White House: Sequester would cost Connecticut $50M
Connecticut would lose more than $50 million this year in funding for education, job training, public health, law enforcement, environmental protection and assistance for its youngest and oldest citizens if Congress and President Barack Obama cannot forge a budget deal by March 1, the White House said Sunday night.
Obama, continuing to speak directly to the American people rather than to Congress on the latest budget deadline, issued a state-by-state breakdown of impacts from "sequestration" cuts if no budget deal is reached in the next few days.
The White House release again decried the "severe impacts" of the sequester's meat-ax approach.
"The Office of Management and Budget now calculates that sequestration will require an annual reduction of roughly 5 percent for non-defense programs and roughly 8 percent for defense" nationwide, the White House statement said.
"Given that these cuts must be achieved over only seven months (allowing time to implement them) instead of 12, the effective percentage reductions will be approximately 9 percent for nondefense programs and 13 percent for defense."
The White House statement urged Republicans to "compromise and meet the President in the middle. We cannot simply cut our way to prosperity, and if Republicans continue to insist on an unreasonable, cuts-only approach, Connecticut risks paying the price."
The Connecticut list includes:
Teachers and schools: About $8.7 million for primary and secondary education, putting about 120 teacher and aide jobs at risk. The White House estimated 40 fewer schools would receive funding and 8,000 fewer students would be served.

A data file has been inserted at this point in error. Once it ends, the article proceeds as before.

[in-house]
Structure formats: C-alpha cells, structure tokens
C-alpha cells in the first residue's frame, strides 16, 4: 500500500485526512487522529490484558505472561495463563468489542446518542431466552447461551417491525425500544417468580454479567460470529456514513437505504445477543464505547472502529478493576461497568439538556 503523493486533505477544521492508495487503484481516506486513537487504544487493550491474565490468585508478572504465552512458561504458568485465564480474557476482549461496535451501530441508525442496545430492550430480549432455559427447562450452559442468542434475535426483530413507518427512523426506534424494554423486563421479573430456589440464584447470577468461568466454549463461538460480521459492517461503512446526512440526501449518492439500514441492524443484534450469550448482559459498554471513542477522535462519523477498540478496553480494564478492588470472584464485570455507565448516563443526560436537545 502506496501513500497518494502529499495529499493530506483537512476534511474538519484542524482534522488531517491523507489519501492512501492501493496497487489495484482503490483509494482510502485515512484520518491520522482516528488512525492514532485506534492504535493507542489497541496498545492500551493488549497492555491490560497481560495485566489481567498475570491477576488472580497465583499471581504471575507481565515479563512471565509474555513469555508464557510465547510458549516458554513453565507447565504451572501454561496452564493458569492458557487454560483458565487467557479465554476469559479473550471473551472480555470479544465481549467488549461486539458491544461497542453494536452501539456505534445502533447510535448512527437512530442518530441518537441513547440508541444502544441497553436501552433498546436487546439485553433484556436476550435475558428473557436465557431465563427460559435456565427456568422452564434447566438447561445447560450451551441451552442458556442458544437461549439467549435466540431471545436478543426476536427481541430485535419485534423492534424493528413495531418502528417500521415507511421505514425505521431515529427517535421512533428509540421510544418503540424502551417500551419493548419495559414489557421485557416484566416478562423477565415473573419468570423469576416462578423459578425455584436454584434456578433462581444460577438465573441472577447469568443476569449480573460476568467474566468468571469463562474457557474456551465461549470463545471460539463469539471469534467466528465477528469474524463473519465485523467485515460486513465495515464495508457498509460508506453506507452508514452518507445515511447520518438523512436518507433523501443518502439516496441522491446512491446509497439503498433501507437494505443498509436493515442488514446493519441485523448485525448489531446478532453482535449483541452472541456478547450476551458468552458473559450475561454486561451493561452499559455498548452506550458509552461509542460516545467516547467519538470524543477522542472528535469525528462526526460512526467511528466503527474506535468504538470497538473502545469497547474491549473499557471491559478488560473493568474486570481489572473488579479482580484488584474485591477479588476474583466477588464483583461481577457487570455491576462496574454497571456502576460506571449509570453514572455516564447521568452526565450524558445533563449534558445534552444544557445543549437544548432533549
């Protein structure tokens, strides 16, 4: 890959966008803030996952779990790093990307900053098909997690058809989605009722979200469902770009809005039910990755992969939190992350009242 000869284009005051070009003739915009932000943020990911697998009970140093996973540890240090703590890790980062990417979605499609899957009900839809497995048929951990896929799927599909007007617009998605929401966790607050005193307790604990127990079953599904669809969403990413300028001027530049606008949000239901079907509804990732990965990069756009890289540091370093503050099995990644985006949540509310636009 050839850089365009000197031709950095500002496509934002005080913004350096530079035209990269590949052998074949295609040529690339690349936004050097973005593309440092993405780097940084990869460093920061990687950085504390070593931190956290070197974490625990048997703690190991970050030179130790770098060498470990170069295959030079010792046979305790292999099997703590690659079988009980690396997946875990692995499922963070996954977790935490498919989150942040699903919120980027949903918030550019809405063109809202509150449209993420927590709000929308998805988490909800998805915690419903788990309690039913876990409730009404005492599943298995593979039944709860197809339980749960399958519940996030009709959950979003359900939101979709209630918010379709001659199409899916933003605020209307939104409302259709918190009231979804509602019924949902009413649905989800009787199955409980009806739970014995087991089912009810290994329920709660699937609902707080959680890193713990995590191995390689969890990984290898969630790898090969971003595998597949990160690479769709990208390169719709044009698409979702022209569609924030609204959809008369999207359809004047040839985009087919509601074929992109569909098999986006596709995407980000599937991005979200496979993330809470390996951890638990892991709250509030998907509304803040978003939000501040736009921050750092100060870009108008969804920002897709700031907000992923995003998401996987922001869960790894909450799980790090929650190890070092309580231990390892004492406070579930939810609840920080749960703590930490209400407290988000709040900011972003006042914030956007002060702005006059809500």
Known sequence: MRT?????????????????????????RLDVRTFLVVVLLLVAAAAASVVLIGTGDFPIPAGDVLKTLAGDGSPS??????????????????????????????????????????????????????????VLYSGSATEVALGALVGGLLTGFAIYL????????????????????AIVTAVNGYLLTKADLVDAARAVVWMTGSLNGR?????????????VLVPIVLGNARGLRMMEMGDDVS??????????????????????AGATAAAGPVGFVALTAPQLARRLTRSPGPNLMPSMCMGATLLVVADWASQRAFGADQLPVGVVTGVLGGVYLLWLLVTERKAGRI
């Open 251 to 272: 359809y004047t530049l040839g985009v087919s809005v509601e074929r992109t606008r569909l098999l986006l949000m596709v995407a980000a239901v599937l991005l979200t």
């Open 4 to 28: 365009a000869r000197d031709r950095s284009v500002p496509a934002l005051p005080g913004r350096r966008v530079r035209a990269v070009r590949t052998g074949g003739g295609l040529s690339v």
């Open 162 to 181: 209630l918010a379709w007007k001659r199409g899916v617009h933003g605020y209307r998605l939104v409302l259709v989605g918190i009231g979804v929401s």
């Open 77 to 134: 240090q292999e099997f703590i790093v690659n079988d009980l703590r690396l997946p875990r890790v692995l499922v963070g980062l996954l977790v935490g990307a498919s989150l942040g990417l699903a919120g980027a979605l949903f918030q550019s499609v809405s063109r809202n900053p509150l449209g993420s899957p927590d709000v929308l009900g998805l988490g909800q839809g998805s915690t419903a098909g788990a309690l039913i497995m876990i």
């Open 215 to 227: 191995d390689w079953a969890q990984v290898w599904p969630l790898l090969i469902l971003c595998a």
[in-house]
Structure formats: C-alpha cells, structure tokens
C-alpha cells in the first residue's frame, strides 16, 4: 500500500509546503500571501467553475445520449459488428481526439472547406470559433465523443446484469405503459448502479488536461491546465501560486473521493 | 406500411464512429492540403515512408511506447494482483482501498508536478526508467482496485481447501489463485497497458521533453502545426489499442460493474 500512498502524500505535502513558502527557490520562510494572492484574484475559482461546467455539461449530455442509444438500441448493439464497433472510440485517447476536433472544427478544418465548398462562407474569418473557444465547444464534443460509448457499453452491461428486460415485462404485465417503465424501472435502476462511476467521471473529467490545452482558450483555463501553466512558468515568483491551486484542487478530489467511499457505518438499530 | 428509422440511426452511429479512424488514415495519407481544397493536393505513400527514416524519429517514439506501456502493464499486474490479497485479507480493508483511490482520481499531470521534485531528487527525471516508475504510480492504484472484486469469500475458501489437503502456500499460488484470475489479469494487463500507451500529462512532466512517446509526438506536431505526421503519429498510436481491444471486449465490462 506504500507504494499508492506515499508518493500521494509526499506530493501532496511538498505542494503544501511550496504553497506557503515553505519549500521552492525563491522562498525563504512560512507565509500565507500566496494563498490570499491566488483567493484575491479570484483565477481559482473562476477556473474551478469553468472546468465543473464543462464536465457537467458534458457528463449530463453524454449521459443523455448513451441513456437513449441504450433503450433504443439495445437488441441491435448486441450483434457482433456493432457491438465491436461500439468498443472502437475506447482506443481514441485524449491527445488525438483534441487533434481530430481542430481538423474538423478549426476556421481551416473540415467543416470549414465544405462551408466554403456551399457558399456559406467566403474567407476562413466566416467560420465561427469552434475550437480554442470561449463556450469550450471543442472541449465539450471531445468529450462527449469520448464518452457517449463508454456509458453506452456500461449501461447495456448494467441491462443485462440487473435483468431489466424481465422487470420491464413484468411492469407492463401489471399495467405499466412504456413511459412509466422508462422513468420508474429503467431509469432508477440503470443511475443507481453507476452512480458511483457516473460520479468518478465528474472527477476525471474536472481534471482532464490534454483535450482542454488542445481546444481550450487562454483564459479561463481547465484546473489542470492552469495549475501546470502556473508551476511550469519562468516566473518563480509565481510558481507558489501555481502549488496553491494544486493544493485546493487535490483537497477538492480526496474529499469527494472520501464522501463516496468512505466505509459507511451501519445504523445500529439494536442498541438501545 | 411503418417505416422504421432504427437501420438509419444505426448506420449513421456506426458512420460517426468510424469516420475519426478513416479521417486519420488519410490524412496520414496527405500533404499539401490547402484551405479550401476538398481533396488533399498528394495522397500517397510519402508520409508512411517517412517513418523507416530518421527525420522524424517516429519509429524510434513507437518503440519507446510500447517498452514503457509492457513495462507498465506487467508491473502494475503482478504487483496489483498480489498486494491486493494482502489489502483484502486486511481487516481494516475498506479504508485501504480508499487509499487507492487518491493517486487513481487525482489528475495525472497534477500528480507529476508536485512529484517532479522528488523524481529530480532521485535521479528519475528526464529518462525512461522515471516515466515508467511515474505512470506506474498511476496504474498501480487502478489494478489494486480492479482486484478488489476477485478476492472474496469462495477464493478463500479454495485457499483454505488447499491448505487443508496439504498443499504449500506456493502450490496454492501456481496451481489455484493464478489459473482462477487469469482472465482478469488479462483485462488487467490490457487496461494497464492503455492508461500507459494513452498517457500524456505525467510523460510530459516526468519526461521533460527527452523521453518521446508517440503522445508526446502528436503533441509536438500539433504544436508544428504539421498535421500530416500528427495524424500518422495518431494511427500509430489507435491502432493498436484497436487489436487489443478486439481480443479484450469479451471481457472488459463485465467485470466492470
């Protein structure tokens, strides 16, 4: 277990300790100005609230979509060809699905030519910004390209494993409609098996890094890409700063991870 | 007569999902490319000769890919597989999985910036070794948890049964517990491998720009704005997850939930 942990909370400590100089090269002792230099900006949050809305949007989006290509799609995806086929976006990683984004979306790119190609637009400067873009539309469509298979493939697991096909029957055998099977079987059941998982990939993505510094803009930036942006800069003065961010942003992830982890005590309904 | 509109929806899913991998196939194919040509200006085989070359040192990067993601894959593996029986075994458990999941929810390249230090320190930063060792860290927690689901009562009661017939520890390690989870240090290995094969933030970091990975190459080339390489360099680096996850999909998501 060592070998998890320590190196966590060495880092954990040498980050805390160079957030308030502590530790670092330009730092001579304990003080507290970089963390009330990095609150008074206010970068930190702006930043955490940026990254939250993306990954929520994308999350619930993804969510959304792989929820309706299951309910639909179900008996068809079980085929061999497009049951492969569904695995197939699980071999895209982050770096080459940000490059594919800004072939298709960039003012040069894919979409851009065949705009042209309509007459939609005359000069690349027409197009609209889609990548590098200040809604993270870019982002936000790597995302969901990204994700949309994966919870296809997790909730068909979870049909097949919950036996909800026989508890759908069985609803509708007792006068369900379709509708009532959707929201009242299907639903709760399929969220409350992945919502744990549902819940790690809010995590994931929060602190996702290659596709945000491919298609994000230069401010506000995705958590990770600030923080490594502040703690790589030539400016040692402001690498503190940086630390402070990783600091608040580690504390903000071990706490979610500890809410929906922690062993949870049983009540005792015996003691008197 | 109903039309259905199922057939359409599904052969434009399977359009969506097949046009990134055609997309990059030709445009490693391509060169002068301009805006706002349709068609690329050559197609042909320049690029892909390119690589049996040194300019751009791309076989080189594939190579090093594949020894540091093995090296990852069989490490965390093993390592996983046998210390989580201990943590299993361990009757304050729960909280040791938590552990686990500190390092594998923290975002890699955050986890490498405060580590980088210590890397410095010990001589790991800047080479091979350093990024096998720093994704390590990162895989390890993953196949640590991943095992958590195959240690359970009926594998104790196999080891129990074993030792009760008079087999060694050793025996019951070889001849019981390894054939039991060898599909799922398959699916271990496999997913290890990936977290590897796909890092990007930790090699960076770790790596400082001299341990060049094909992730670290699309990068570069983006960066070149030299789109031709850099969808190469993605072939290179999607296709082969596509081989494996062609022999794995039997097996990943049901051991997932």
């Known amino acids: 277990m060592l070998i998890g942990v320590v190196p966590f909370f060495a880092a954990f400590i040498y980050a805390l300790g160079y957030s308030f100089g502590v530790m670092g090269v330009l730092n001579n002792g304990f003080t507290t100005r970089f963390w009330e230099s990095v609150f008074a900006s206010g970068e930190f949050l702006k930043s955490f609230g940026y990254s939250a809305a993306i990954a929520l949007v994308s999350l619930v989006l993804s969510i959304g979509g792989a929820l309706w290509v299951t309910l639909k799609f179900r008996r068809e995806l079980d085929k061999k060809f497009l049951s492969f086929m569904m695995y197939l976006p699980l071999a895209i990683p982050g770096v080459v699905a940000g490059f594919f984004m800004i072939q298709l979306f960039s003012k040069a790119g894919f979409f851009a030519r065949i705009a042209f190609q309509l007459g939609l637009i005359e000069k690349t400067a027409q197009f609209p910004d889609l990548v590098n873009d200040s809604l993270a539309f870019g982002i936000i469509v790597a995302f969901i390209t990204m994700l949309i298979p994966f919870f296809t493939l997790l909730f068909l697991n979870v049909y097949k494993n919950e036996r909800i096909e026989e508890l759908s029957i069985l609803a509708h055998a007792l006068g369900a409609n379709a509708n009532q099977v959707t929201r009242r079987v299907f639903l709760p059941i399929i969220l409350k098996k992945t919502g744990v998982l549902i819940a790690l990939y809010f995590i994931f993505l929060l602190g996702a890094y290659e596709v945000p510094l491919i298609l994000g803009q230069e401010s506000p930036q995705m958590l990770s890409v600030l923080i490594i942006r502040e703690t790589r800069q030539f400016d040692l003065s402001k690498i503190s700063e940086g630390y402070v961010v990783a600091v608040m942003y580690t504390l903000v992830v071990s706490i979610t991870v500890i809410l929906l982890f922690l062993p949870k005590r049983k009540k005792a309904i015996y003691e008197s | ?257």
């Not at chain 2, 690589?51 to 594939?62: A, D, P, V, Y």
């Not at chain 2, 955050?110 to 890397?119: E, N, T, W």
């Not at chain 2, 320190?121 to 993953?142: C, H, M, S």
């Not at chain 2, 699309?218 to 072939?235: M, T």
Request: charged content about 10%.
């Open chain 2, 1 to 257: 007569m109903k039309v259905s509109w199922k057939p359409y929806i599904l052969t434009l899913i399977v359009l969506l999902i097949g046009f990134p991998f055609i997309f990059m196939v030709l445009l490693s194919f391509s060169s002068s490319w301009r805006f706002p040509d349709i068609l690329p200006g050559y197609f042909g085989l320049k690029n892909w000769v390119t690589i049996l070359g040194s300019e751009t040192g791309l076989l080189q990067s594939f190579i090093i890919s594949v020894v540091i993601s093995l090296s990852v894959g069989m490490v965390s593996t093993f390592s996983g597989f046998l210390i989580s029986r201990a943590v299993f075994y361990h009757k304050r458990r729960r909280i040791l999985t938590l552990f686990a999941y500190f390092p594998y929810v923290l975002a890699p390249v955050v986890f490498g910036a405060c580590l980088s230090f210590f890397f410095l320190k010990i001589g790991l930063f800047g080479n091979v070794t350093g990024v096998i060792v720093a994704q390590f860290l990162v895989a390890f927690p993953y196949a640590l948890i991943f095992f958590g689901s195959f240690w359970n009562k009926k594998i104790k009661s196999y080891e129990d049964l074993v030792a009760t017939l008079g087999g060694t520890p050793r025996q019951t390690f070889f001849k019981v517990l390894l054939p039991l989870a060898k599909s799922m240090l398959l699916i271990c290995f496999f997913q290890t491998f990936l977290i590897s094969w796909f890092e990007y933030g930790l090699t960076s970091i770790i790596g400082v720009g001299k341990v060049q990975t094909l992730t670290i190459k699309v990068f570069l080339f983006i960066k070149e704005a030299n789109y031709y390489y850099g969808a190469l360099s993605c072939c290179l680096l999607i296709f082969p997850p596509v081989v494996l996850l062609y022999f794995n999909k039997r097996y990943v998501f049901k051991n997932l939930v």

Early education and child care: Head Start and Early Head Start would be eliminated for about 500 children, and 200 "disadvantaged and vulnerable" children would lose child care.
Public health: About $107,000 for childhood vaccines, meaning 1,570 fewer children will be vaccinated; about $341,000 in funds to help upgrade the state's ability to respond to public-health emergencies; $840,000 for substance abuse prevention and treatment; and $273,000 for HIV testing.
Defense: Approximately 3,000 civilian Department of Defense employees would be furloughed, reducing gross pay by about $15 million; $1.6 million for Army base operations; $13 million for two demolition projects at New London, plus unspecified funding for maintenance and repair of the USS Providence.
Job search assistance and placement: $242,000, or funding for about 10,650 job seekers.
Environment: $2 million in clean water and air funding, plus $398,000 to protect fish and wildlife.
Other: $153,000 for Justice Assistance Grants to aid police, courts and corrections; $201,000 for nutritional assistance for seniors; and $87,000 for services to domestic-violence victims.
Reached Sunday night at his office in Hartford, where he was meeting with a group from Newtown on gun issues, Sen. Richard Blumenthal, D-Conn., said, "I think these more current numbers reaffirm how catastrophic these arbitrary, automatic across-the-board cuts would be. I will be working intensely during these next few days to bring together a bipartisan group that can help stop them.
"We need a balanced approach with smart and responsible spending cuts but also revenue increases through closing loopholes and tax breaks -- to oil and gas and agribusiness and others," Blumenthal said. "The real disastrous impact in Connecticut will be to stymie our all-too-slow economic recovery and impede job creation."